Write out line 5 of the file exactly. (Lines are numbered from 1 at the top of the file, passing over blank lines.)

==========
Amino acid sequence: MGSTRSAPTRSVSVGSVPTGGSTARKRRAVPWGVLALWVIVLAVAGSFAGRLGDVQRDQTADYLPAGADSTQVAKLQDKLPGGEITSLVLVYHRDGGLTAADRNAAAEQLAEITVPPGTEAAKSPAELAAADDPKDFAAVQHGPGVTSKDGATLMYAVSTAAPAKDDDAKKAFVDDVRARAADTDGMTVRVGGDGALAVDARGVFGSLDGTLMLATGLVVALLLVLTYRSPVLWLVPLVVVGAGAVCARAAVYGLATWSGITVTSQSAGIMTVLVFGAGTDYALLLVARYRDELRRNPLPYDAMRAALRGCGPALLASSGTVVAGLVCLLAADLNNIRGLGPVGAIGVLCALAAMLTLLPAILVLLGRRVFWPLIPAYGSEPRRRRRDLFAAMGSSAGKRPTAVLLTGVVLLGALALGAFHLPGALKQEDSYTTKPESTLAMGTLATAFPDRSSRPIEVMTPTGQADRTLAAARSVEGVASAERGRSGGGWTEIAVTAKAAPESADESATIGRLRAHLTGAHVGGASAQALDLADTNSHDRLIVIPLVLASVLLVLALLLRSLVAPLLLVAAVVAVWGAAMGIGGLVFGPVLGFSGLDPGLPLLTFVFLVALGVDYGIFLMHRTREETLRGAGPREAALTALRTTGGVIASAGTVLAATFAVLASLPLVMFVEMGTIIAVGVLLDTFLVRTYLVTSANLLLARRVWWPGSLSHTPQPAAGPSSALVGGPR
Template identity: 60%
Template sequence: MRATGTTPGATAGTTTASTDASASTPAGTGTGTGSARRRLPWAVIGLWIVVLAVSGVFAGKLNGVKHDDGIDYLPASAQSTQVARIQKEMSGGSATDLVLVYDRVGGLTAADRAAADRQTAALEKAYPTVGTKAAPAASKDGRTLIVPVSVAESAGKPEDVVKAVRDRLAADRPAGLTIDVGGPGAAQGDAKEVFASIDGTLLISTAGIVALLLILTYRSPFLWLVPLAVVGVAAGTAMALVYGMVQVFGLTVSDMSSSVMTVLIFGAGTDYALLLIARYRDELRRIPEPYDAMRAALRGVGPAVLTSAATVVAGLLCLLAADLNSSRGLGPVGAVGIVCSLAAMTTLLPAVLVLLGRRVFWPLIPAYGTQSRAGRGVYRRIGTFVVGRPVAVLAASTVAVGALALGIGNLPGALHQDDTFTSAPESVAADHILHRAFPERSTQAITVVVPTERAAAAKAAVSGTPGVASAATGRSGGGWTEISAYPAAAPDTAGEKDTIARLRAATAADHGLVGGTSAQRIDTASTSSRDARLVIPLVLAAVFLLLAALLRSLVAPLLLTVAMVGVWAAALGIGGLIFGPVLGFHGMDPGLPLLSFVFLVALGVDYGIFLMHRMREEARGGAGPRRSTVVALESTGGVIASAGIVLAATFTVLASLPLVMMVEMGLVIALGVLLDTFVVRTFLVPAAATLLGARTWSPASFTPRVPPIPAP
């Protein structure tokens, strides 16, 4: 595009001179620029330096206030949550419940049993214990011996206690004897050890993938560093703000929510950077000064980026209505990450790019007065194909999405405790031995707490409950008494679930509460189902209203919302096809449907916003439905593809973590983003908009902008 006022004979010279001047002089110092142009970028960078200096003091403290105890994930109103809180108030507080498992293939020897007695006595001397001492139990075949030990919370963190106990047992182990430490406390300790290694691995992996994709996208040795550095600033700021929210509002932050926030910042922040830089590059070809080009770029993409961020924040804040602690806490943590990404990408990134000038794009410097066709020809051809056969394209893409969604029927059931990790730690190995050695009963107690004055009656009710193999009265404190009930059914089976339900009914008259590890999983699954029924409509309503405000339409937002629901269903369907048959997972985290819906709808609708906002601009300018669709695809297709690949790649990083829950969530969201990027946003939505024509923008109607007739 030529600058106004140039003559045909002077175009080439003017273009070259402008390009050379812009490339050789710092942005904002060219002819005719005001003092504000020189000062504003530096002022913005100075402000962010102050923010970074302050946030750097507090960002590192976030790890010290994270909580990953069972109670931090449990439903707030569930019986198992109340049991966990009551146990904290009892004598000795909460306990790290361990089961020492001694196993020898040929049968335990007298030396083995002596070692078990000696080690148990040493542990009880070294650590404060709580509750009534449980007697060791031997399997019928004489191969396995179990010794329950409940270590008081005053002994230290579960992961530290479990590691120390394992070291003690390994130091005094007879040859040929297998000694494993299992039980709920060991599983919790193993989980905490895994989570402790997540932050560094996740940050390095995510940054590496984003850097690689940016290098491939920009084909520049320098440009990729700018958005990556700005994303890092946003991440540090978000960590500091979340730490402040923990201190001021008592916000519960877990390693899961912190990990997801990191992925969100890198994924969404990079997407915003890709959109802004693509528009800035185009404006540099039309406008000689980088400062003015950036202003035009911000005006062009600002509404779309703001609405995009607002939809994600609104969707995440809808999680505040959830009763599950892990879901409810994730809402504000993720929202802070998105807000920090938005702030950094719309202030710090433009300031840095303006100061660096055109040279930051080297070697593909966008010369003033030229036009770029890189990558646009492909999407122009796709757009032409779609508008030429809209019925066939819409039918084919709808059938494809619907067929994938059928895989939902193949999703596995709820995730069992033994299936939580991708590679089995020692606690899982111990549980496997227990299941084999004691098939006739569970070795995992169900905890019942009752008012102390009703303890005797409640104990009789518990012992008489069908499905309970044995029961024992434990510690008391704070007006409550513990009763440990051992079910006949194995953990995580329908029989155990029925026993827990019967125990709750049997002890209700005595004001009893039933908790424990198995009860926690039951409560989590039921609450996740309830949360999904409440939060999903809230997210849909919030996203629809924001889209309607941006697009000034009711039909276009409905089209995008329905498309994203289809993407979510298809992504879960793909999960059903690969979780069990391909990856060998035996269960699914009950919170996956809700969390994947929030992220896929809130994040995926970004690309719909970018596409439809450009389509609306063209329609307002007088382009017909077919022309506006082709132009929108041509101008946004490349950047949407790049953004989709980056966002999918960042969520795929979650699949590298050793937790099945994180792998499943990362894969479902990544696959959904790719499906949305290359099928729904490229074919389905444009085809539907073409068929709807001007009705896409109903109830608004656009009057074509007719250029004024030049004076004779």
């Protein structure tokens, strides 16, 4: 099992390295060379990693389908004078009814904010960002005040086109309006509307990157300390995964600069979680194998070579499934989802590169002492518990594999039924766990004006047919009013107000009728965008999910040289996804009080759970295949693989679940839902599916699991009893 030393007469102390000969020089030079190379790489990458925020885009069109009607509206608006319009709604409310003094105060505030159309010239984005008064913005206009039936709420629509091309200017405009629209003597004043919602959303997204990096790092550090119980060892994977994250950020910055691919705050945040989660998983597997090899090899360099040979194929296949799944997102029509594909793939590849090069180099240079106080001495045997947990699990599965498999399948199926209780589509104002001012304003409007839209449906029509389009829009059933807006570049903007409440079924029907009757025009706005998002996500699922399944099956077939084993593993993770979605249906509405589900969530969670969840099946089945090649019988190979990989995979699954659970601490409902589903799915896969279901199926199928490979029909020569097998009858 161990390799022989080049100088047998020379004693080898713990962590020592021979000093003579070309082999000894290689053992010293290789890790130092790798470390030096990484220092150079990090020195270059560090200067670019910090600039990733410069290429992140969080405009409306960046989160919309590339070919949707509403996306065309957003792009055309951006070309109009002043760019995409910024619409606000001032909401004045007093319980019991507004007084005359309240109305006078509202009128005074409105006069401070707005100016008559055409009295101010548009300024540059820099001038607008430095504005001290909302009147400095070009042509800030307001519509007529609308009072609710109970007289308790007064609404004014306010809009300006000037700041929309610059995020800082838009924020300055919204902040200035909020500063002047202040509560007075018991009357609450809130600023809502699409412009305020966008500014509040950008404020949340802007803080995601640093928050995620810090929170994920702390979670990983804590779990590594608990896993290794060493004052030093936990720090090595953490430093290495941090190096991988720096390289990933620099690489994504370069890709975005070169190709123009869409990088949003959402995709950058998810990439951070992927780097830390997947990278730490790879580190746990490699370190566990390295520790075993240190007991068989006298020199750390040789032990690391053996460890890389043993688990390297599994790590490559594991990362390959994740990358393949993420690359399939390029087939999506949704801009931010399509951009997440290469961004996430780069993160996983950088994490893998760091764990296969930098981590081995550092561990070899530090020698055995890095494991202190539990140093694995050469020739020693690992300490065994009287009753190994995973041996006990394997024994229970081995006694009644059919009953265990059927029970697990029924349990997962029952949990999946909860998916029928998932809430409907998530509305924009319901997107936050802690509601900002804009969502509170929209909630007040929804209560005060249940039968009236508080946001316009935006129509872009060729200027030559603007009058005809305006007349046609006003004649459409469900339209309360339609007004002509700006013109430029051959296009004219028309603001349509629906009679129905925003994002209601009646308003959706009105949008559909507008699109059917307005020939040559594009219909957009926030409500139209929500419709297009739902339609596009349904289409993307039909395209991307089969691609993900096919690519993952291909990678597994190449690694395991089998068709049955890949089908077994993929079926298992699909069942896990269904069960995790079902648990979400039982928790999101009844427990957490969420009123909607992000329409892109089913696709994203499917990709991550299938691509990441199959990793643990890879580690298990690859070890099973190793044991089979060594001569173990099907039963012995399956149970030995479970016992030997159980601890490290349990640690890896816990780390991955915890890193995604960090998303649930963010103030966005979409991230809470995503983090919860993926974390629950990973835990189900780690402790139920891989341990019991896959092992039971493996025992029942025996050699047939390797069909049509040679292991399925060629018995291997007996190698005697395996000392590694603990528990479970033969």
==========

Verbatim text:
């Protein structure tokens, strides 16, 4: 099992390295060379990693389908004078009814904010960002005040086109309006509307990157300390995964600069979680194998070579499934989802590169002492518990594999039924766990004006047919009013107000009728965008999910040289996804009080759970295949693989679940839902599916699991009893 030393007469102390000969020089030079190379790489990458925020885009069109009607509206608006319009709604409310003094105060505030159309010239984005008064913005206009039936709420629509091309200017405009629209003597004043919602959303997204990096790092550090119980060892994977994250950020910055691919705050945040989660998983597997090899090899360099040979194929296949799944997102029509594909793939590849090069180099240079106080001495045997947990699990599965498999399948199926209780589509104002001012304003409007839209449906029509389009829009059933807006570049903007409440079924029907009757025009706005998002996500699922399944099956077939084993593993993770979605249906509405589900969530969670969840099946089945090649019988190979990989995979699954659970601490409902589903799915896969279901199926199928490979029909020569097998009858 161990390799022989080049100088047998020379004693080898713990962590020592021979000093003579070309082999000894290689053992010293290789890790130092790798470390030096990484220092150079990090020195270059560090200067670019910090600039990733410069290429992140969080405009409306960046989160919309590339070919949707509403996306065309957003792009055309951006070309109009002043760019995409910024619409606000001032909401004045007093319980019991507004007084005359309240109305006078509202009128005074409105006069401070707005100016008559055409009295101010548009300024540059820099001038607008430095504005001290909302009147400095070009042509800030307001519509007529609308009072609710109970007289308790007064609404004014306010809009300006000037700041929309610059995020800082838009924020300055919204902040200035909020500063002047202040509560007075018991009357609450809130600023809502699409412009305020966008500014509040950008404020949340802007803080995601640093928050995620810090929170994920702390979670990983804590779990590594608990896993290794060493004052030093936990720090090595953490430093290495941090190096991988720096390289990933620099690489994504370069890709975005070169190709123009869409990088949003959402995709950058998810990439951070992927780097830390997947990278730490790879580190746990490699370190566990390295520790075993240190007991068989006298020199750390040789032990690391053996460890890389043993688990390297599994790590490559594991990362390959994740990358393949993420690359399939390029087939999506949704801009931010399509951009997440290469961004996430780069993160996983950088994490893998760091764990296969930098981590081995550092561990070899530090020698055995890095494991202190539990140093694995050469020739020693690992300490065994009287009753190994995973041996006990394997024994229970081995006694009644059919009953265990059927029970697990029924349990997962029952949990999946909860998916029928998932809430409907998530509305924009319901997107936050802690509601900002804009969502509170929209909630007040929804209560005060249940039968009236508080946001316009935006129509872009060729200027030559603007009058005809305006007349046609006003004649459409469900339209309360339609007004002509700006013109430029051959296009004219028309603001349509629906009679129905925003994002209601009646308003959706009105949008559909507008699109059917307005020939040559594009219909957009926030409500139209929500419709297009739902339609596009349904289409993307039909395209991307089969691609993900096919690519993952291909990678597994190449690694395991089998068709049955890949089908077994993929079926298992699909069942896990269904069960995790079902648990979400039982928790999101009844427990957490969420009123909607992000329409892109089913696709994203499917990709991550299938691509990441199959990793643990890879580690298990690859070890099973190793044991089979060594001569173990099907039963012995399956149970030995479970016992030997159980601890490290349990640690890896816990780390991955915890890193995604960090998303649930963010103030966005979409991230809470995503983090919860993926974390629950990973835990189900780690402790139920891989341990019991896959092992039971493996025992029942025996050699047939390797069909049509040679292991399925060629018995291997007996190698005697395996000392590694603990528990479970033969």